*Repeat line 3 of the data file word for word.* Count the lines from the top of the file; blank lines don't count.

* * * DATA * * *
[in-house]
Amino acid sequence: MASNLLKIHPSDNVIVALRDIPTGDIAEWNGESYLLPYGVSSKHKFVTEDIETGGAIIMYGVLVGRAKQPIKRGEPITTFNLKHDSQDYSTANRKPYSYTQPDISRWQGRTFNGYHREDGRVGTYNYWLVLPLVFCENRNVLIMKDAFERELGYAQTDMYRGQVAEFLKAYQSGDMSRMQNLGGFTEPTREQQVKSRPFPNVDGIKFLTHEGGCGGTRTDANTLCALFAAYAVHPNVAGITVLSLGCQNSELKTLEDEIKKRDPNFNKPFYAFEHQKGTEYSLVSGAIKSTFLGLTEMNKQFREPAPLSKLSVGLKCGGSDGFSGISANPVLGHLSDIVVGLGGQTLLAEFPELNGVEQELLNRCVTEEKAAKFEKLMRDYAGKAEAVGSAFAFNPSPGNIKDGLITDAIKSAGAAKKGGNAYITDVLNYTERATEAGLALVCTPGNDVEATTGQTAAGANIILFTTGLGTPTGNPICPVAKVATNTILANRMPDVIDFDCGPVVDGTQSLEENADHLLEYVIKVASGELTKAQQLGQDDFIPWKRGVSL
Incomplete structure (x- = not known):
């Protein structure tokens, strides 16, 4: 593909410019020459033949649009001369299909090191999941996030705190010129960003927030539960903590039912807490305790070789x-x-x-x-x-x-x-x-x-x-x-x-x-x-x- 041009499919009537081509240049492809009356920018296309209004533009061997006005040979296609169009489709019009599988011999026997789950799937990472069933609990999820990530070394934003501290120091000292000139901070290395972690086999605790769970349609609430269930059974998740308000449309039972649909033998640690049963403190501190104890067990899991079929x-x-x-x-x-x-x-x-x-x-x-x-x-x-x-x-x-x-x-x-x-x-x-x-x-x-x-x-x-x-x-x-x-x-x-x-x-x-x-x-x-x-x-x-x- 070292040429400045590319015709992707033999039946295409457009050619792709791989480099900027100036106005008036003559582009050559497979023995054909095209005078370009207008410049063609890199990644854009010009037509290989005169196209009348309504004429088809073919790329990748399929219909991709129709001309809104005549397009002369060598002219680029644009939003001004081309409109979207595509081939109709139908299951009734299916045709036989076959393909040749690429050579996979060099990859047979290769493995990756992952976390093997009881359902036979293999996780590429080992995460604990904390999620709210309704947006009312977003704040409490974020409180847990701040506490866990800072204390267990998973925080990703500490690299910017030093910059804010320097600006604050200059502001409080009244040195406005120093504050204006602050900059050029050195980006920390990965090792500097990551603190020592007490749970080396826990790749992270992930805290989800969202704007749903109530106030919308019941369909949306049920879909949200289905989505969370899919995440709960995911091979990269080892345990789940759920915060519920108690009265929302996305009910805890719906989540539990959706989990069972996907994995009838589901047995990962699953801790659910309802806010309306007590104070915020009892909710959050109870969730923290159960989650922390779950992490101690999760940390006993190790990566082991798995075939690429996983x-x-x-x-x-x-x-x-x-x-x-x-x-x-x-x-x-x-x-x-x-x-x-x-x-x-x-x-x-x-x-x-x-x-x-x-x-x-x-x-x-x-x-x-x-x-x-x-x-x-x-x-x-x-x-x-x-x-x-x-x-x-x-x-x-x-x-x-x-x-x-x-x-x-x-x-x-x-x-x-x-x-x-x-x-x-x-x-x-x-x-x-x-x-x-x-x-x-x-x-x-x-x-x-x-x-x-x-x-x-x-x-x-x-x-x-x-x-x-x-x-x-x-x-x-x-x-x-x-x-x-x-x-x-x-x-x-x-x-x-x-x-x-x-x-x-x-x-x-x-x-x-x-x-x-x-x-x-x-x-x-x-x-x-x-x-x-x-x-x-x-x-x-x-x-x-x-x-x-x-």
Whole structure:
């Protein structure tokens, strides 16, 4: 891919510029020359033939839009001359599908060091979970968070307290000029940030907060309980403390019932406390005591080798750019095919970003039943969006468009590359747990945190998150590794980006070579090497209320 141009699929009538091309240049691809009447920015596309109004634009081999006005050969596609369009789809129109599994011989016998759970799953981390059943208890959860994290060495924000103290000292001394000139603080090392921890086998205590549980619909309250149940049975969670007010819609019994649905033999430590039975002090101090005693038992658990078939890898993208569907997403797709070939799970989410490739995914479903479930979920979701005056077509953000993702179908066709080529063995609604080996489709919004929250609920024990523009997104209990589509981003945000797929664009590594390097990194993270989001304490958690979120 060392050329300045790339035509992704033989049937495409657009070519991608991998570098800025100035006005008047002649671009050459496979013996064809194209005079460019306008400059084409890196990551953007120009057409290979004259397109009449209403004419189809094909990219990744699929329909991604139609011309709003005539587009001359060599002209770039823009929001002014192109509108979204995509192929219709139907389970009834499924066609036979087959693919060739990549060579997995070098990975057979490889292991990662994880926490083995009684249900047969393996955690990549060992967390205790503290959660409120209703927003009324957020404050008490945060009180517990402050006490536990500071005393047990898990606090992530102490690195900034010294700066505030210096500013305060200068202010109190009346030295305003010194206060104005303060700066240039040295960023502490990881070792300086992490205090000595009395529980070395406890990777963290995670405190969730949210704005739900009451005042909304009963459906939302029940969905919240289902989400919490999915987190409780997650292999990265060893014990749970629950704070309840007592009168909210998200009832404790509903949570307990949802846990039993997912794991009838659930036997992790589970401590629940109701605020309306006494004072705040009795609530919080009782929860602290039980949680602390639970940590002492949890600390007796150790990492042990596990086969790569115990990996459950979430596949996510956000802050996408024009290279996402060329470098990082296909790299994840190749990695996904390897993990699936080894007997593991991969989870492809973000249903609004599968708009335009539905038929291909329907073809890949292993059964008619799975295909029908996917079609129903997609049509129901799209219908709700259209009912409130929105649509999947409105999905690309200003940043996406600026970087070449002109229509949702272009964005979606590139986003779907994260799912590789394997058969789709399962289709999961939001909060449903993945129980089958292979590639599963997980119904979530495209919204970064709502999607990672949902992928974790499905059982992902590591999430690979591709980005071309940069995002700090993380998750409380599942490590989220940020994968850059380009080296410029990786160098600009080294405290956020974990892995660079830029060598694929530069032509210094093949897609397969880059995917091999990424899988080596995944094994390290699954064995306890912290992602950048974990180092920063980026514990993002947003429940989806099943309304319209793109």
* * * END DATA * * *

Incomplete structure (x- = not known):